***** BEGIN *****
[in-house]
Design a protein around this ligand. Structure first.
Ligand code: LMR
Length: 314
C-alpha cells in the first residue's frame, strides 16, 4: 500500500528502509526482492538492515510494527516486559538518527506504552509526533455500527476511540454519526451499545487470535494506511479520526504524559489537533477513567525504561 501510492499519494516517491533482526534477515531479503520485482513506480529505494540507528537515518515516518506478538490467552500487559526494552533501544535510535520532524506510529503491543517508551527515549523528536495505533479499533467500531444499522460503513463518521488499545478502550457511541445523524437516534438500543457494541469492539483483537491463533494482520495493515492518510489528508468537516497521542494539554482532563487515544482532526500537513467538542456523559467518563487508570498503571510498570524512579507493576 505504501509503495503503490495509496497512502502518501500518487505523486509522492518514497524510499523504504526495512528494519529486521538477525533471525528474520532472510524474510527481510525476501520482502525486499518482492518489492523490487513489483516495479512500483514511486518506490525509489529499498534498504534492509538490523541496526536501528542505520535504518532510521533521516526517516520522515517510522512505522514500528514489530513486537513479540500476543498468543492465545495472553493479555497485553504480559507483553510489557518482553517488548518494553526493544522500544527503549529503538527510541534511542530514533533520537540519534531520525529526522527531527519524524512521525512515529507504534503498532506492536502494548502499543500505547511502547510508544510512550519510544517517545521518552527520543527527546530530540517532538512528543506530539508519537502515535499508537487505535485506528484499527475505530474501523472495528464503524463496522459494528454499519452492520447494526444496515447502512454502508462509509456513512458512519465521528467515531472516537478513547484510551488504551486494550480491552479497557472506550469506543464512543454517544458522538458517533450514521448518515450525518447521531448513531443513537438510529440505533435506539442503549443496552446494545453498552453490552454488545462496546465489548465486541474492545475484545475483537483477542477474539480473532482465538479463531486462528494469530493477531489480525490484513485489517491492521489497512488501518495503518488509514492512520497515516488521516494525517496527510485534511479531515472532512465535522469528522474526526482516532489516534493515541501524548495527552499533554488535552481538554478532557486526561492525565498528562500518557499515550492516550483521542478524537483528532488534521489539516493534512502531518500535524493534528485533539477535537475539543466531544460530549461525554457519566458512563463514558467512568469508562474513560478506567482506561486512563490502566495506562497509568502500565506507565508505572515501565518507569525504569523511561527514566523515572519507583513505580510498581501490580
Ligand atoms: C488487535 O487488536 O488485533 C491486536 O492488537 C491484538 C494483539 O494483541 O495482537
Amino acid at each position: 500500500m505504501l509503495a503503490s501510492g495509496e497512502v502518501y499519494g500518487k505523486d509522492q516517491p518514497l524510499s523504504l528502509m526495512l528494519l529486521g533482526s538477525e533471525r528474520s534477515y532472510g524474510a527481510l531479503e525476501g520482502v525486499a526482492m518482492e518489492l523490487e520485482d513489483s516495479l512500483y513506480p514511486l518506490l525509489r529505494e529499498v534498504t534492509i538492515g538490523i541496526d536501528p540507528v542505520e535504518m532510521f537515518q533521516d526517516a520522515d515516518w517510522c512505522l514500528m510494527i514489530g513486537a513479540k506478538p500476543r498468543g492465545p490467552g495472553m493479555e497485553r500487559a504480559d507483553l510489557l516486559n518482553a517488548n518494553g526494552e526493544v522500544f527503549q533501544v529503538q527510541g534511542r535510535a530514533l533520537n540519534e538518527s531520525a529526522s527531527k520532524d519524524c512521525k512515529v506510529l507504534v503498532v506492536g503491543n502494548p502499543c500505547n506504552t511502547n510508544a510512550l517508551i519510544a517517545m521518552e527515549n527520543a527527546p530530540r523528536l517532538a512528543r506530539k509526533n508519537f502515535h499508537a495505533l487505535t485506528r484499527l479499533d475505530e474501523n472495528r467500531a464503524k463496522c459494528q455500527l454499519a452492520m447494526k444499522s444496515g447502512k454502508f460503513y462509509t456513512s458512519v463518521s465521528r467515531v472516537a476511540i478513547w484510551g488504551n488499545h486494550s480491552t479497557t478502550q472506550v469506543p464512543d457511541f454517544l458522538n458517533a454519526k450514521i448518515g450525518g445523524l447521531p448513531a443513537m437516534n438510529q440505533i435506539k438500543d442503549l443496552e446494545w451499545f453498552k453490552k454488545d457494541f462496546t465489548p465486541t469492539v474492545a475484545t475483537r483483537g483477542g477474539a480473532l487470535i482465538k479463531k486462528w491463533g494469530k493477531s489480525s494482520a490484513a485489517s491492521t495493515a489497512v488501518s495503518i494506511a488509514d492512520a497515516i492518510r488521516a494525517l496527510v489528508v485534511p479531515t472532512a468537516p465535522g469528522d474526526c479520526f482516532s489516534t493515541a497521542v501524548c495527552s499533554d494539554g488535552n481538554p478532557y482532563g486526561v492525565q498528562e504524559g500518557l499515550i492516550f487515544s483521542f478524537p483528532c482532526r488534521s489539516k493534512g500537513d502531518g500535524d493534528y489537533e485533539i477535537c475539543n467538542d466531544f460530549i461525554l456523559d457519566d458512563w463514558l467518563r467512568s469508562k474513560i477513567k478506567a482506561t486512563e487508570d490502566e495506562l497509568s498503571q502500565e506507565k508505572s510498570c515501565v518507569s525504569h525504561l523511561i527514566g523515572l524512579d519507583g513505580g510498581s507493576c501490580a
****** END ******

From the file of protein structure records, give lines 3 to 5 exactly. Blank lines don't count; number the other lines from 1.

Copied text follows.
Ligand code: LMR
Length: 314
C-alpha cells in the first residue's frame, strides 16, 4: 500500500528502509526482492538492515510494527516486559538518527506504552509526533455500527476511540454519526451499545487470535494506511479520526504524559489537533477513567525504561 501510492499519494516517491533482526534477515531479503520485482513506480529505494540507528537515518515516518506478538490467552500487559526494552533501544535510535520532524506510529503491543517508551527515549523528536495505533479499533467500531444499522460503513463518521488499545478502550457511541445523524437516534438500543457494541469492539483483537491463533494482520495493515492518510489528508468537516497521542494539554482532563487515544482532526500537513467538542456523559467518563487508570498503571510498570524512579507493576 505504501509503495503503490495509496497512502502518501500518487505523486509522492518514497524510499523504504526495512528494519529486521538477525533471525528474520532472510524474510527481510525476501520482502525486499518482492518489492523490487513489483516495479512500483514511486518506490525509489529499498534498504534492509538490523541496526536501528542505520535504518532510521533521516526517516520522515517510522512505522514500528514489530513486537513479540500476543498468543492465545495472553493479555497485553504480559507483553510489557518482553517488548518494553526493544522500544527503549529503538527510541534511542530514533533520537540519534531520525529526522527531527519524524512521525512515529507504534503498532506492536502494548502499543500505547511502547510508544510512550519510544517517545521518552527520543527527546530530540517532538512528543506530539508519537502515535499508537487505535485506528484499527475505530474501523472495528464503524463496522459494528454499519452492520447494526444496515447502512454502508462509509456513512458512519465521528467515531472516537478513547484510551488504551486494550480491552479497557472506550469506543464512543454517544458522538458517533450514521448518515450525518447521531448513531443513537438510529440505533435506539442503549443496552446494545453498552453490552454488545462496546465489548465486541474492545475484545475483537483477542477474539480473532482465538479463531486462528494469530493477531489480525490484513485489517491492521489497512488501518495503518488509514492512520497515516488521516494525517496527510485534511479531515472532512465535522469528522474526526482516532489516534493515541501524548495527552499533554488535552481538554478532557486526561492525565498528562500518557499515550492516550483521542478524537483528532488534521489539516493534512502531518500535524493534528485533539477535537475539543466531544460530549461525554457519566458512563463514558467512568469508562474513560478506567482506561486512563490502566495506562497509568502500565506507565508505572515501565518507569525504569523511561527514566523515572519507583513505580510498581501490580